The Anonymous Widower

Piney Point: Emergency Crews Try To Plug Florida Toxic Wastewater Leak

The title of this post, is the same as that of this article on the BBC.

This is the introductory paragraph.

Emergency crews in Florida have been working to prevent a “catastrophic” flood after a leak was found in a large reservoir of toxic wastewater.

This Google Map shows the location.


  1. At the top of the map is an area called Tampa Bay Estuarine Ecosystem Rock Ponds.
  2. The reservoir appears to be in the South East corner of the map.
  3. There appear to be several chemical works to the West of the highway.

This second Google Map shows the reservoir at a larger scale.


  1. The picture in the BBC article was taken from the North West.
  2. The problem reservoir is right and above of centre.
  3. To its right is Lake Price, which appears to be the sort of lake to sail a boat and perhaps do a bit of fishing and swimming.
  4. Moore Lake to the South appears similar to Lake Price.

It looks to me that it is not the place to have an environmental incident.

This article in The Times says this.

Engineers are furiously pumping the phosphate-rich water into the sea to avoid an uncontrolled spill at Piney Point, whose failure could unleash a 20ft-high wall of toxic effluent.

Pumping it into the sea? Surely not?

I suspect there could have been a mixture of sloppy management and loose regulation, with minimal enforcement and I’ll be interested to see what recommendations are put forward by the inevitable investigation.

In my varied past, I was once indirectly involved, in the toxic waste that comes out of chemical plants. At the time, I was working for ICI in Runcorn and my main job was building designing and building instruments for the various chemical plants in and around Runcorn.

As they had hired me because of my programming skills, they asked me if I could do a few small jobs on their Ferranti Argus 500, which could be plugged in to both their Varian NMR machine and their AEI mass spectrometer.

With the former, to get better accuracy in analysis of chemicals, I would take successive scans of a sample and aggregate them together. The accuracy of the results would be proportion to the square root of the number of scans.

The second to my mind was more difficult and much more interesting.

This explanation of mass spectroscopy is from Wikipedia.

Mass spectrometry (MS) is an analytical technique that is used to measure the mass-to-charge ratio of ions. The results are typically presented as a mass spectrum, a plot of intensity as a function of the mass-to-charge ratio. Mass spectrometry is used in many different fields and is applied to pure samples as well as complex mixtures.

ICI at Runcorn had a lot of complex mixtures and the aim of my project, was to take a mass spectrum and automatically decide what chemicals were present in the mixture.

The mass spectra were presented as a long graph on a roll of thermal paper. I noticed that operators would pick out distinctive patterns on the graph, which they told me were distinctive patterns of chlorine ions.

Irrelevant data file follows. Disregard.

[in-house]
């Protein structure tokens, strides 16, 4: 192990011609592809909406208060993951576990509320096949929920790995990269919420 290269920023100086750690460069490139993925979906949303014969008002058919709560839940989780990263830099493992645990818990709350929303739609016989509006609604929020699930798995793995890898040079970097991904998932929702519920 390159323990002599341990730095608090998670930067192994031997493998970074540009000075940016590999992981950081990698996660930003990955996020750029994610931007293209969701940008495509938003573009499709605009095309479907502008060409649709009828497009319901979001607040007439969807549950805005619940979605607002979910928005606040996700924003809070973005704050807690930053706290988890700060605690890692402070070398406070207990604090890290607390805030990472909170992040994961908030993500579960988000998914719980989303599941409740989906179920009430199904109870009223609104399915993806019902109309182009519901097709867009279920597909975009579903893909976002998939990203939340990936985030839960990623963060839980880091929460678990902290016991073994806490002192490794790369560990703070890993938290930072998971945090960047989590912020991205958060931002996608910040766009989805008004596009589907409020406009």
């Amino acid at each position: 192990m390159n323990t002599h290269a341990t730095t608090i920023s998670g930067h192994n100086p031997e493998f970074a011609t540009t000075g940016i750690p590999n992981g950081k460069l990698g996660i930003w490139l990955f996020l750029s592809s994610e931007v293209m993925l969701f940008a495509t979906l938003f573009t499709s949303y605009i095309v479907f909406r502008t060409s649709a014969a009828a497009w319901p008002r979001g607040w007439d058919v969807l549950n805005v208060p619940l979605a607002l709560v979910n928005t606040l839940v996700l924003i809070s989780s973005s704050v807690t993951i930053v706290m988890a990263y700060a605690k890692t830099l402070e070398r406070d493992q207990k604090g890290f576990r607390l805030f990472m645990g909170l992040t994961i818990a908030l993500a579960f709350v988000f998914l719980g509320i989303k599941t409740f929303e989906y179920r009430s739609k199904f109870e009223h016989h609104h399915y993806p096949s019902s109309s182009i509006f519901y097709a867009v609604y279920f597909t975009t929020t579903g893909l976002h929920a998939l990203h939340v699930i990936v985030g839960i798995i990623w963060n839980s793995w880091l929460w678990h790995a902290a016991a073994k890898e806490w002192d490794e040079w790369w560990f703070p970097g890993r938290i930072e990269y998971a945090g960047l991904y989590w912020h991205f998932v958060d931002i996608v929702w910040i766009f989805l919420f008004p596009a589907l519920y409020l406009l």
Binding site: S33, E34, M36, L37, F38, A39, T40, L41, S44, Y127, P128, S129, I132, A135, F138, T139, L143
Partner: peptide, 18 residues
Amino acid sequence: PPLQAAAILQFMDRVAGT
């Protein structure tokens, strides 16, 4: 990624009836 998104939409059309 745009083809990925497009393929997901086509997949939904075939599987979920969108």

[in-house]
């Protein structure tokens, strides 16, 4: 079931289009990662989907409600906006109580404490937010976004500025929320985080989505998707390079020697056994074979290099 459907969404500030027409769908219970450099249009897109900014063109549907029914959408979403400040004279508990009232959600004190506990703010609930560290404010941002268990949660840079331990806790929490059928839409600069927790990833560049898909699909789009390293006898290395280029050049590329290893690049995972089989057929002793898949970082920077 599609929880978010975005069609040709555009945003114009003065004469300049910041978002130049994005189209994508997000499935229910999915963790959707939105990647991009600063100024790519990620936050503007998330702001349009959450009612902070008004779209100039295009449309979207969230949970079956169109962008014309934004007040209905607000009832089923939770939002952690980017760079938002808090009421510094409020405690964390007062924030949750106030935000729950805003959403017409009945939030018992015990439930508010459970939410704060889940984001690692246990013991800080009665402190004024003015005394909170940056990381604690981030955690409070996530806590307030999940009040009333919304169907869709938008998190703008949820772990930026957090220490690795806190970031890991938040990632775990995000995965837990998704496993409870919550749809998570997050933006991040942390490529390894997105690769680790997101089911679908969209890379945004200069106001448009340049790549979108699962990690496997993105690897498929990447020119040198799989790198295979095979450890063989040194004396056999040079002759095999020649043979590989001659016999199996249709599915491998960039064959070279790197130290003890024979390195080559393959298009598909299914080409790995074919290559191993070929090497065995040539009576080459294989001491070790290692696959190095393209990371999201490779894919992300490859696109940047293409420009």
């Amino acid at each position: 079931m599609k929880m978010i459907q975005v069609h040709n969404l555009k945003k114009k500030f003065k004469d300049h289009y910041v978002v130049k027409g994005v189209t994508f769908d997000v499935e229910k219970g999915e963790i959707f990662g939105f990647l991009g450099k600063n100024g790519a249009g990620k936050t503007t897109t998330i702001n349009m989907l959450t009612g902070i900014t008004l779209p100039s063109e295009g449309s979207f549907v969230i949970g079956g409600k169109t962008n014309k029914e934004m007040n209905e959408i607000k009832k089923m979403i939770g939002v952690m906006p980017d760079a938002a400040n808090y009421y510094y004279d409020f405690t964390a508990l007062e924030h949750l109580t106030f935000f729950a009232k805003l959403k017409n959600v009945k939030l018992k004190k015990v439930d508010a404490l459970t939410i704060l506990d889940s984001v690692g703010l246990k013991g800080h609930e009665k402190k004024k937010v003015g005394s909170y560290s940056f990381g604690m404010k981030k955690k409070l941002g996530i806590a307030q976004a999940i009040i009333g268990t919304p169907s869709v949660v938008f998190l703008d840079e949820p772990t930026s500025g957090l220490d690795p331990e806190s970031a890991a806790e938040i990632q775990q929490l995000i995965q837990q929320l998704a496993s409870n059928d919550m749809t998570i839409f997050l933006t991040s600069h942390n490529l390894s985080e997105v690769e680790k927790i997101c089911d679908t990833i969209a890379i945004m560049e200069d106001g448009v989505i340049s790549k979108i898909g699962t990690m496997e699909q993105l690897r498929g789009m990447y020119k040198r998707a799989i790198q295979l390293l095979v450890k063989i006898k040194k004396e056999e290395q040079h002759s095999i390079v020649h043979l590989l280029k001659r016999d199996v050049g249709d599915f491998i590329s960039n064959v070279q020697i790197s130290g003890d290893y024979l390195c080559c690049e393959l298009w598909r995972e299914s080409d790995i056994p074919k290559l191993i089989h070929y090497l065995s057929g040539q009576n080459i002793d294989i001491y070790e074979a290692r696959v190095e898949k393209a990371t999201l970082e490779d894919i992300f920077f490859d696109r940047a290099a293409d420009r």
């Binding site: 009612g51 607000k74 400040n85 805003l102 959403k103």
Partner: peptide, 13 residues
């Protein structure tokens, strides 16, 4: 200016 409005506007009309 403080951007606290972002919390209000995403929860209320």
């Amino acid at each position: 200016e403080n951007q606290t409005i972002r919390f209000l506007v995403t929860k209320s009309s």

Chlorine has an unusual atomic weight of 35.5 because it is a mixture of two stable isotypes Chlorine-35 and Chlorine-37, which produced these distinctive patterns on the spectra.

I was able to identify these patterns to determine the number of chlorine atoms in a compound. By giving the algorithm a clue in stating how many carbon, oxygen and hydrogen atoms could be involved, it was able to successfully identify what was in a complex mixture.

All this was programmed on computer with just 64K words of memory and a half-megabyte hard disc.

ICI must have been pleased, as I got a bonus.

One of the jobs the software was used for was to identify what chemicals were present in the lagoons alongside the River Weaver, which are shown today in this Google Map.


  1. The chemical works, which were part of ICI in the 1960s, to the North of the Weaver Navigation Canal.
  2. The two former lagoons between the canal and the River Weaver, which seem to have been cleaned out and partially restored.
  3. Was that a third large lagoon to the South of the River Weaver?
  4. There also appears to be a fourth smaller triangular lagoon between the canal and the river.

There certainly seems to have been a better clear-up in Runcorn, than in Florida.

I moved on from Runcorn soon after, I’d finished that software and have no idea how or if it developed and was used.

But the techniques I used stayed in my brain and were used at least four times in the future.

  • In the design of a Space Allocation Program for ICI Plastics Division.
  • In the design of two Project Management systems for Time Sharing Ltd.

And of course, they were also used in designing the scheduler in Artemis for Metier.



April 5, 2021 Posted by | Computing, Design, World | , , , , , , , , , | Leave a comment

Is This The Most Important Door In My Life?

In some ways this is the most important door in my life.